A casual debate with Diana, Martha and Tai about what restaurant to visit next as part of our foodie campaign ( we wanted to start a book /games club a few years ago, but realised it was easier just stuffing our faces) resulted in Diana suggesting Mayfair’s Stork restaurant. We quickly googled Stork and what popped up on the screen and got everyone curious about trying this place out was the West African and Eastern European fusion dining concept. This was uncharted waters , however with that said we all had an idea about West African fusion dining due to time spent at a restaurant in Piccadilly called Ikoyi London. I liked some of the dishes, however I wasn’t fully sold about the West African and Asian fusion dining idea. What fusion means to me is being able to taste something new but very familiar. A marriage that produces something fresh and inspiring from the best of both worlds. Not something that creates a King Joffrey. That said Ikoyi now has the coveted Michelin one star , so things must have improved right ? and people in general do seem to be buying into the fusion idea.
How does Mayfair’s Stork restaurant stack up when it comes to fusion and most important taste ? Well let’s find out.
We booked a table on Opentable for 4 for 6.30 pm and as predicted on Facebook I arrived at the restaurant first and Martha last. I even got Kostas the general manager to get a few victory snaps. A beautiful and eye catching entrance that screams Stork at every opportunity. This is a restaurant that wants to burn it’s name into your mind.
On entering the restaurant the decor was lush , but not oestantacious enough to make you feel uncomfortable. The marble top tables, comfy velvet chairs and light bulbs shaped like Storks was stunning. The Golden Storks and flowers in the women’s toilet will probably feature on many Instagrammers page for months to come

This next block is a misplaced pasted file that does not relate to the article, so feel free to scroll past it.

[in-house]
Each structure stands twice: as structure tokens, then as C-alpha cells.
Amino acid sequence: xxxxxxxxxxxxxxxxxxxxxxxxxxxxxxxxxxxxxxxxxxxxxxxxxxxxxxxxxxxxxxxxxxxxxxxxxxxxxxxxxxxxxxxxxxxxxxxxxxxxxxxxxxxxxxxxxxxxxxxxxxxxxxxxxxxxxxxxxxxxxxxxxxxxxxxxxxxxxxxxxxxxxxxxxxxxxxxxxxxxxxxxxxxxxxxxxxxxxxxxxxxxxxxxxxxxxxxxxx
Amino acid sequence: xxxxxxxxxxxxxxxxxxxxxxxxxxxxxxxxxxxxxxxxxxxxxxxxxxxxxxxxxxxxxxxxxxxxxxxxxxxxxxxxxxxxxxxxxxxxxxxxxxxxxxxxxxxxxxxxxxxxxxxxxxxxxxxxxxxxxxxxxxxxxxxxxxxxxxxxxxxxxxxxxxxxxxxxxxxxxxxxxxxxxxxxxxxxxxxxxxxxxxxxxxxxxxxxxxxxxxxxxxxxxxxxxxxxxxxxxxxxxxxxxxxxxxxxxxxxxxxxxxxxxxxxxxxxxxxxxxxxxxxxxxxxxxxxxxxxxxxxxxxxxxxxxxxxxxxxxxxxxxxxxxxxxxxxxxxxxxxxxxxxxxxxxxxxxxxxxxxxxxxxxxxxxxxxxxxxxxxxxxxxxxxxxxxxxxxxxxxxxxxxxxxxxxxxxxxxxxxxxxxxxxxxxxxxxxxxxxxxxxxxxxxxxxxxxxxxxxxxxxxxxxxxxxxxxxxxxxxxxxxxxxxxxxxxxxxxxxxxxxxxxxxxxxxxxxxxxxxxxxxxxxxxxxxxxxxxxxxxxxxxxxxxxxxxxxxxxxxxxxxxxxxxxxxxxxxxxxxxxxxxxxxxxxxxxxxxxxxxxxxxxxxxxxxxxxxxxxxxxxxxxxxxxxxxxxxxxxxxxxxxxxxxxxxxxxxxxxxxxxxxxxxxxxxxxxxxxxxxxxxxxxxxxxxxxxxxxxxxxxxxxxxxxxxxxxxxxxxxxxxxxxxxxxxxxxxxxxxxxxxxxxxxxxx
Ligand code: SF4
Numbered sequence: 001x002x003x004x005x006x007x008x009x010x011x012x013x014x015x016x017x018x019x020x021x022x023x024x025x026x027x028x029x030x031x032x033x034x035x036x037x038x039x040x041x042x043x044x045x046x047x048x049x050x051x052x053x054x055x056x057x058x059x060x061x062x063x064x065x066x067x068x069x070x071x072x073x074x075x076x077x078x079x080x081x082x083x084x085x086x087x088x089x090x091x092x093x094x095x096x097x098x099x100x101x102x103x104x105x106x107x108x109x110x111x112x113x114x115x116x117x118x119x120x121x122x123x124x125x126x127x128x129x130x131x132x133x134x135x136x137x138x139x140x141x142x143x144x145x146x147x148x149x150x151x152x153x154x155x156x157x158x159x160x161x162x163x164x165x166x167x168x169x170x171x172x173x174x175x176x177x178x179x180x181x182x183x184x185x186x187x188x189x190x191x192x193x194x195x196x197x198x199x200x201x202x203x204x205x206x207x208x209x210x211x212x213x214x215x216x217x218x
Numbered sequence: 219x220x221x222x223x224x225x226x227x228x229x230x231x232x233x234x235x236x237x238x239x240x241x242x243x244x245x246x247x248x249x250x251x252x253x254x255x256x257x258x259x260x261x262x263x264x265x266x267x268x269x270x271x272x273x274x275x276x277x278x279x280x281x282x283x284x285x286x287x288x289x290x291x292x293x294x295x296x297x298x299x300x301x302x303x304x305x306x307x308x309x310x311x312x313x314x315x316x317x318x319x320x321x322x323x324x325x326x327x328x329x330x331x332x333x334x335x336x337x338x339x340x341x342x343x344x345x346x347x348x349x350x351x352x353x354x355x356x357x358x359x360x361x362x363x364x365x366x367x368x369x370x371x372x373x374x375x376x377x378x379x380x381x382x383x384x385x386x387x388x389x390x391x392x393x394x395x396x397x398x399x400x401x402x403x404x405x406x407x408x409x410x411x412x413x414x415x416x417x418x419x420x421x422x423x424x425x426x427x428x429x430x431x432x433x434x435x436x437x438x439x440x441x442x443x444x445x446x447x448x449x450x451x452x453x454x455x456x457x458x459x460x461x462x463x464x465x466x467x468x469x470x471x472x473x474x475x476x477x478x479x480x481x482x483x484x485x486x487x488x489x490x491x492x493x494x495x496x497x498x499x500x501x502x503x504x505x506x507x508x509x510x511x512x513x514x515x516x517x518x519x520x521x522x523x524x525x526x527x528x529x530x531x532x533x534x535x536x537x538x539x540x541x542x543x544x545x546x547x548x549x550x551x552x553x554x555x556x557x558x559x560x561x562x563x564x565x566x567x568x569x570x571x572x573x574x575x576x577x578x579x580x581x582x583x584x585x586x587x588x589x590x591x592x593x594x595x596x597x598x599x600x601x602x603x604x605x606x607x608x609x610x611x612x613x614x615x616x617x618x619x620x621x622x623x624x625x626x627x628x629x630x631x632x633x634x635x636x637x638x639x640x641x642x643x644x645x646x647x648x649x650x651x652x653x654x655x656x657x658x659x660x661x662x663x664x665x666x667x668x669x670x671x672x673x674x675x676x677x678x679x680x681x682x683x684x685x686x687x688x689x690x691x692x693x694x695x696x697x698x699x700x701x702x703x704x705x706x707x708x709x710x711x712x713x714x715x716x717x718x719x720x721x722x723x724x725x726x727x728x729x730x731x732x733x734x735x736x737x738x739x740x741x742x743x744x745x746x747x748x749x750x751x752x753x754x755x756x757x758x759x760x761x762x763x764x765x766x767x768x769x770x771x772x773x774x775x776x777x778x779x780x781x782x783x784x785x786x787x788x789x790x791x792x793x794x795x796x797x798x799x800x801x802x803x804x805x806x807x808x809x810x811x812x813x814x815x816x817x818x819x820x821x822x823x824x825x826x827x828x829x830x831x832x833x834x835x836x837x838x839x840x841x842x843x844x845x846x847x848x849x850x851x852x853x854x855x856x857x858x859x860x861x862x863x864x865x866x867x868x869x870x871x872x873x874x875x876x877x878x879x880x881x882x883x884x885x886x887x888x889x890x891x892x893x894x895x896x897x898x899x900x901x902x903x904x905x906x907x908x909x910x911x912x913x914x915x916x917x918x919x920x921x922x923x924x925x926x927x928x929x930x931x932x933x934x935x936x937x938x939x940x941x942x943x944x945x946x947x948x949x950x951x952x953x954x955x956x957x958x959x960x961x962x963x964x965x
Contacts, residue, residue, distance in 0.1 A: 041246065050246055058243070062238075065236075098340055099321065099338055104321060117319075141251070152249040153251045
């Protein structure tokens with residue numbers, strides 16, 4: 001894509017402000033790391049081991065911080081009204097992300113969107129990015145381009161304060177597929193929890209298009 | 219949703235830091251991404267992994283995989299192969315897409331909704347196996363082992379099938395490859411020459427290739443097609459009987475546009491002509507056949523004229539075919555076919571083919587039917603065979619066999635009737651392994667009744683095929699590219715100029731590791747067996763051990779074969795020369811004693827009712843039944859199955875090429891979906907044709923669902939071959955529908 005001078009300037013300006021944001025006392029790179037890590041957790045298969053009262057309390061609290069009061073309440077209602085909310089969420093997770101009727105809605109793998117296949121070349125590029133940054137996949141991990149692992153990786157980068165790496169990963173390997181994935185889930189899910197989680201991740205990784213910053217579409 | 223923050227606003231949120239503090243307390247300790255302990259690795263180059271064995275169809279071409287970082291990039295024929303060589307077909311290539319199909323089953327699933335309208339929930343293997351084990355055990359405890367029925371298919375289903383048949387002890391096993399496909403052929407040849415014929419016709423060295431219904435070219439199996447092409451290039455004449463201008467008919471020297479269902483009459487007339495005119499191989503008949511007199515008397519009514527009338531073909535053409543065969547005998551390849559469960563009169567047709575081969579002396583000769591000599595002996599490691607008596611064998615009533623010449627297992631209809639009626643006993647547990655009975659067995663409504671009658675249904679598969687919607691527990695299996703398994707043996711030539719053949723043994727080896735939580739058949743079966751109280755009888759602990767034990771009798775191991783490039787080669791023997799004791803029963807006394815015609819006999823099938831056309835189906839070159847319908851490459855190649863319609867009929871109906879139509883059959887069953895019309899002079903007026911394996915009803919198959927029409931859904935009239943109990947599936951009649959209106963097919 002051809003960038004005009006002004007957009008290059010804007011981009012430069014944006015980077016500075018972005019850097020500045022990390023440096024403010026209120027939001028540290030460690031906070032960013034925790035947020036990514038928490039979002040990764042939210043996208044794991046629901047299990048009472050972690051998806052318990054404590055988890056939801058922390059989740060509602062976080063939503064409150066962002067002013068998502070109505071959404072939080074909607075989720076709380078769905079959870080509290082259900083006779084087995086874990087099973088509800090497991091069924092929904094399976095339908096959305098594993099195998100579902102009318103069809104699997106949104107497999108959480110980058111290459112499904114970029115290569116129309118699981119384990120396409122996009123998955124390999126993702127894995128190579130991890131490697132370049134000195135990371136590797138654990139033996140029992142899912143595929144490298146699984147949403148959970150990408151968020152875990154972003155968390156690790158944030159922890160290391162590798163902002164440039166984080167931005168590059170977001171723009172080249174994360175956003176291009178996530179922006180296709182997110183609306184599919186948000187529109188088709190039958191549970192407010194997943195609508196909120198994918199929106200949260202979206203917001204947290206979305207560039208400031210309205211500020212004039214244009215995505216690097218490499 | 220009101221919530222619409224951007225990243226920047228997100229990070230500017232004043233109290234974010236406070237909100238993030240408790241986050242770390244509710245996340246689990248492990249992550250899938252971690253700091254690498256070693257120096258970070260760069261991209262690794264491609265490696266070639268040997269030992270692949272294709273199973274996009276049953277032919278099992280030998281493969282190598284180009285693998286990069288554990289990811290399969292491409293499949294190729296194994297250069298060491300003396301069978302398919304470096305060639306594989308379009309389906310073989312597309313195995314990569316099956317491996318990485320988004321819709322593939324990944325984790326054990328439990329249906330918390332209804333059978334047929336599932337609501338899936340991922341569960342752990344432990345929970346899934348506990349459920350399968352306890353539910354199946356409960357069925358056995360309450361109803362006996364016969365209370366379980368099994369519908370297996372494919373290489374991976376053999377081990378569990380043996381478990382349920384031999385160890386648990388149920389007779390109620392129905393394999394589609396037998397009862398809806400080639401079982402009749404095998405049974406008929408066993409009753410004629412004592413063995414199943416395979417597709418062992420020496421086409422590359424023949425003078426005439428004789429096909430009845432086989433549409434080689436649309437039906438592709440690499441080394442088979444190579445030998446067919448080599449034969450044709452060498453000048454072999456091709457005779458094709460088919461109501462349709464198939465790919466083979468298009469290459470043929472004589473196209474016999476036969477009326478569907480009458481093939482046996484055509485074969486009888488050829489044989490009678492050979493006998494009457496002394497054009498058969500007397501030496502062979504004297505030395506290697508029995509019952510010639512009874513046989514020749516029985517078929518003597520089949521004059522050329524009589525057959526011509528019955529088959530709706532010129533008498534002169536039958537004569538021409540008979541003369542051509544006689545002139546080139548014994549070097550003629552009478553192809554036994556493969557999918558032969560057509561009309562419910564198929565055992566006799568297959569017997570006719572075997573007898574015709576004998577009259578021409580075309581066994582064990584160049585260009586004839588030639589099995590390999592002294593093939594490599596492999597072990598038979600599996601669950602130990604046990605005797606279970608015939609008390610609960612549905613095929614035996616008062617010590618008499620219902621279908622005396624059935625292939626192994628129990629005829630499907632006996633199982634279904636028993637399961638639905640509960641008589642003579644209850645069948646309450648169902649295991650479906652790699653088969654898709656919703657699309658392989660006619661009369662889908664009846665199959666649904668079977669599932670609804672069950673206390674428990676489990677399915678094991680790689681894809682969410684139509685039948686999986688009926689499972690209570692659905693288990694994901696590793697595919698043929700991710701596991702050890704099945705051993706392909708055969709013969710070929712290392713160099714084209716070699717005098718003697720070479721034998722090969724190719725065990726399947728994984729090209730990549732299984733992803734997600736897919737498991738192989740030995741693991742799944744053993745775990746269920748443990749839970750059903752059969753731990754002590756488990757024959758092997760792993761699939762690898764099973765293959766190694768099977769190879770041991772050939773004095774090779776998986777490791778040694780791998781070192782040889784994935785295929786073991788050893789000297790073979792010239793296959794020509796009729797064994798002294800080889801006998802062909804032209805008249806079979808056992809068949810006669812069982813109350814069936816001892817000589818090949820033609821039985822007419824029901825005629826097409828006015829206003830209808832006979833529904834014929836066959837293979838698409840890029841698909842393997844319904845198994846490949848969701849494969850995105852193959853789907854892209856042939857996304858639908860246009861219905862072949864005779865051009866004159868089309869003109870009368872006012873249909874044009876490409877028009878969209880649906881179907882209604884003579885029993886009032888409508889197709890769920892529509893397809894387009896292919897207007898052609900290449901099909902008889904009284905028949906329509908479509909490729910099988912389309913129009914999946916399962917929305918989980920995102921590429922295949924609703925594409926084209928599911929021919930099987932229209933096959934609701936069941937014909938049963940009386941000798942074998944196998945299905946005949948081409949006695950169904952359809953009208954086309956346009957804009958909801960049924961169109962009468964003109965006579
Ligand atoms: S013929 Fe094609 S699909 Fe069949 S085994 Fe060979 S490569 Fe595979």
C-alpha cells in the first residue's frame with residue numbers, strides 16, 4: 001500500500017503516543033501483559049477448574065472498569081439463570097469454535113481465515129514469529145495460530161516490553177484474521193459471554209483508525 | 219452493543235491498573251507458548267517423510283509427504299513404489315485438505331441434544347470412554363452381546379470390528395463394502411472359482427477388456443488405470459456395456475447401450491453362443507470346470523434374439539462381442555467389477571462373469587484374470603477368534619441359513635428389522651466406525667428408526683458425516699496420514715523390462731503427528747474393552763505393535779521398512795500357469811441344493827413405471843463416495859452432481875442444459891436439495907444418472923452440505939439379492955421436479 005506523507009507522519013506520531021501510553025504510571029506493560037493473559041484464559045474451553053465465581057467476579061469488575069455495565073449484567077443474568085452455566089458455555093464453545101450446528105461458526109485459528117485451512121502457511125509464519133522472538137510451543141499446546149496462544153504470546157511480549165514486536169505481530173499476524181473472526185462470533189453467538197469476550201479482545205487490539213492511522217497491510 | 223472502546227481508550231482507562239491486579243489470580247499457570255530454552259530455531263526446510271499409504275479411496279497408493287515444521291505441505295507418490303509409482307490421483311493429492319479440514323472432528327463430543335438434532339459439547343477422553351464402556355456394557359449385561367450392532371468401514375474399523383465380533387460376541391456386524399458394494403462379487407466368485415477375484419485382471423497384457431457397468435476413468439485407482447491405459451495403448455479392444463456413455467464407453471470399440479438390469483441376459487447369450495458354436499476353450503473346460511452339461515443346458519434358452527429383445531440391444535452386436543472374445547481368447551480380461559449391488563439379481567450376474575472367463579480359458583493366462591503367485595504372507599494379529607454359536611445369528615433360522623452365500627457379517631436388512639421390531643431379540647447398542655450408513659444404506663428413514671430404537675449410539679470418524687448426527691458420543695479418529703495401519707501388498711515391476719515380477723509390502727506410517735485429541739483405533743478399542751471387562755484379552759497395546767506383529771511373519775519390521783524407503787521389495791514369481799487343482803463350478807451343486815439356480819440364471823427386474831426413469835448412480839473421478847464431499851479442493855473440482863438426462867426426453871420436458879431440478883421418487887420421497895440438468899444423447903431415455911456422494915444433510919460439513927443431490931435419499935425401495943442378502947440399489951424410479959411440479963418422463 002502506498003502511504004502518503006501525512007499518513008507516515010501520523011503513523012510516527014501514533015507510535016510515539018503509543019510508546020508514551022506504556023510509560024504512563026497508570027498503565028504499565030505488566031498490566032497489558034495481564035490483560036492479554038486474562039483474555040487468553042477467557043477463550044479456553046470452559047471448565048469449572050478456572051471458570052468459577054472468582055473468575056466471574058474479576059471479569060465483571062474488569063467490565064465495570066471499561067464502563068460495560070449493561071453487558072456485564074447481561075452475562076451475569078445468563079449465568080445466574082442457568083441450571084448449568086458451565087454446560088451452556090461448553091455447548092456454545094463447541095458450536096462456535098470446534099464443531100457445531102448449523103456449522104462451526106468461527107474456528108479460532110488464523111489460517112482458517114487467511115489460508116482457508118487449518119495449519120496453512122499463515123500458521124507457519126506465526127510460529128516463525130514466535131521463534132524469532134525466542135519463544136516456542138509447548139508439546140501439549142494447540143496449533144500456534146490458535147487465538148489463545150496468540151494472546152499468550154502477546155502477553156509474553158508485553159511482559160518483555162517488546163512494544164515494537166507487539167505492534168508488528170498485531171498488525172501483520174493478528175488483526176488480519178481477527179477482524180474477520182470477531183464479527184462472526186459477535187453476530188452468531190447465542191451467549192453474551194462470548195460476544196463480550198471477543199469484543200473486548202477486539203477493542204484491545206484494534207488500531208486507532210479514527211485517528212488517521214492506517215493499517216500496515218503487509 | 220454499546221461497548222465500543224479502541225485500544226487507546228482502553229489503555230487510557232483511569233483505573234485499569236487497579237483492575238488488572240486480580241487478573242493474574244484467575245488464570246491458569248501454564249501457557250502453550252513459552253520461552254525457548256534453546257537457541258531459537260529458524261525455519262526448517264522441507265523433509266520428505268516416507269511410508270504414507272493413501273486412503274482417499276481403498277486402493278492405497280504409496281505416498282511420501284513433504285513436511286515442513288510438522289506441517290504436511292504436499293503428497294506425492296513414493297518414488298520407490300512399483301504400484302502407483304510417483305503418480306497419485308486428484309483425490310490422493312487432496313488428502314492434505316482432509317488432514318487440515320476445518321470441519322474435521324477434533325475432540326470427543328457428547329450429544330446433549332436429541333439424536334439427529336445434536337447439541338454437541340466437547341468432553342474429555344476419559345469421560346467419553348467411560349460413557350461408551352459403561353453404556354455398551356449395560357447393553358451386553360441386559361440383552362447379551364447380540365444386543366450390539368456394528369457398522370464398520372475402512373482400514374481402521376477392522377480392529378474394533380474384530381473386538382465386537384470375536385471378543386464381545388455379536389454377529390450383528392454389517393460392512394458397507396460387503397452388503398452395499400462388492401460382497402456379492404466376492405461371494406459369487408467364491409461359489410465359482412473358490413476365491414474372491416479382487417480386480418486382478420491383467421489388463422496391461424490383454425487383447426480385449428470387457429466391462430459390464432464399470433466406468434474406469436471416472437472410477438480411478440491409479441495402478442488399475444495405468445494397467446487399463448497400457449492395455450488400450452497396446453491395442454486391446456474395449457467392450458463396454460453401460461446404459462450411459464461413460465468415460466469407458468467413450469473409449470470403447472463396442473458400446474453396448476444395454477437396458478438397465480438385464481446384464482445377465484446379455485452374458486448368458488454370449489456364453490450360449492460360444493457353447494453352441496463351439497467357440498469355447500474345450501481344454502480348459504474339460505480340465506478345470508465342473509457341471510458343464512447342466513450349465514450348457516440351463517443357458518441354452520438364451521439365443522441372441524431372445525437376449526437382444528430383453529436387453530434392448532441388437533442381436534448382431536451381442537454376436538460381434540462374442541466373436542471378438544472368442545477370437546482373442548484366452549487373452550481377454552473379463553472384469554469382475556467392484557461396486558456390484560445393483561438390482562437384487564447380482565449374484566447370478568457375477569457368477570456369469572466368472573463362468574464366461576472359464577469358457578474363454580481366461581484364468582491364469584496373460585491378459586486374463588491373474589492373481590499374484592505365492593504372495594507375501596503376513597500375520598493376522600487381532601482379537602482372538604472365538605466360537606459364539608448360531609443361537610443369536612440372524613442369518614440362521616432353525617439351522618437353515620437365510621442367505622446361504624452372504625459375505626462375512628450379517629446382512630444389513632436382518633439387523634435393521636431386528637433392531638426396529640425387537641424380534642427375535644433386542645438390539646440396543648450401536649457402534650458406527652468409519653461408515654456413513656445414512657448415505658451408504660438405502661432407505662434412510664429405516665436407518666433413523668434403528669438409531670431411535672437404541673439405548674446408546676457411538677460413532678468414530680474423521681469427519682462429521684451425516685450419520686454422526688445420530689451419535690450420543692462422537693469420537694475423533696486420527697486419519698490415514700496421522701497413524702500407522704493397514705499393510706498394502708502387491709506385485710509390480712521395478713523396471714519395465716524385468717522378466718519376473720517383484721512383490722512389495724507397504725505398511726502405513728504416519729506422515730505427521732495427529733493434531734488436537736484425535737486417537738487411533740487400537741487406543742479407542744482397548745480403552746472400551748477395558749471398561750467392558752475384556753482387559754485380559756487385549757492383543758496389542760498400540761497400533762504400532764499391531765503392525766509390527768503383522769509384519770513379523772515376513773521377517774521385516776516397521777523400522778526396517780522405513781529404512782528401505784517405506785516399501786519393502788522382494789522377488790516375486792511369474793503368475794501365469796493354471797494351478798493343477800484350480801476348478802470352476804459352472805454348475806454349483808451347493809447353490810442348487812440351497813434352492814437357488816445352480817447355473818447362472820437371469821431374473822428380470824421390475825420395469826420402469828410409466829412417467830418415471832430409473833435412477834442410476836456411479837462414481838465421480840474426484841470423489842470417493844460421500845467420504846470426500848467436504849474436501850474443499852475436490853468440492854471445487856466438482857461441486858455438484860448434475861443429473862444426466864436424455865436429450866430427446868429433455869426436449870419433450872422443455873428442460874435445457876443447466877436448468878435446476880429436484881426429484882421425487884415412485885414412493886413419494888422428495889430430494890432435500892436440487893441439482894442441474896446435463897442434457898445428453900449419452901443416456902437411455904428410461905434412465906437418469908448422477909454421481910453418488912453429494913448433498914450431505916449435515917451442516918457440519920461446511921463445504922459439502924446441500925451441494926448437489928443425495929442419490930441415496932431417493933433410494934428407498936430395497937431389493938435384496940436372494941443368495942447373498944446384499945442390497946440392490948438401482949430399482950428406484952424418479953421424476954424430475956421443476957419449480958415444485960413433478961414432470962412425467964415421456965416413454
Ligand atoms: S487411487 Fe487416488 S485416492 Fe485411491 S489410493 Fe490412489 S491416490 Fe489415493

Why the Stork I asked Kostas ? He looked at me like he’d been waiting for me to ask that question for the past 30 minutes, summouned the spirit of Attenborough and then enthusiastically described Storks migrating from West Africa to Eastern Europe. By the time he finished..it all made sense and I was glad I asked. I also found out that the restaurant is owned by Michael Adjovi Kalu and Nadina Grigoras ( Nigerian and Moldovan ) and the head chef ( Adebola Adeshina ) used to work under giants of gastronomy such as Gordon Ramsay and Marcus Wareing.
On taking our seats we were offered a tasty non alcoholic butterfly syrup by a friendly waiter. Everyone was pretty much hungry so we ordered a few familiar looking dishes on the menu, starting off with the standard Jollof rice, Boli , a lamb suya dish , Halibut and efo riro , corn fed chicken breast , saddleback pork loin , beef Susa and yam chips etc. We were hungry okay.
Mayfair’s Stork restaurant Starters and sides
Mayfair’s Stork restaurant Main courses
Show me the money
This restaurant has some good things going for it. The staff were very welcoming and attentive ,the atmosphere was buzzing with Nigerian music, the venue over 2 floors was a thing of beauty and most of all they had some dishes that delivered on flavour and met the brief of West African and Eastern European fusion dining. I think they need to push out the boat a bit more and display their fusion concept by having tasting menus that really showcases more West African and Eastern European fusion dishes. I think a tasting menu’s definitely the way forward.
I will definitely keep an eye out for Mayfair’s Stork restaurant and visit again in a few months to try out more dishes. Keep up the good work Stork.I think you’re onto a winner with this concept.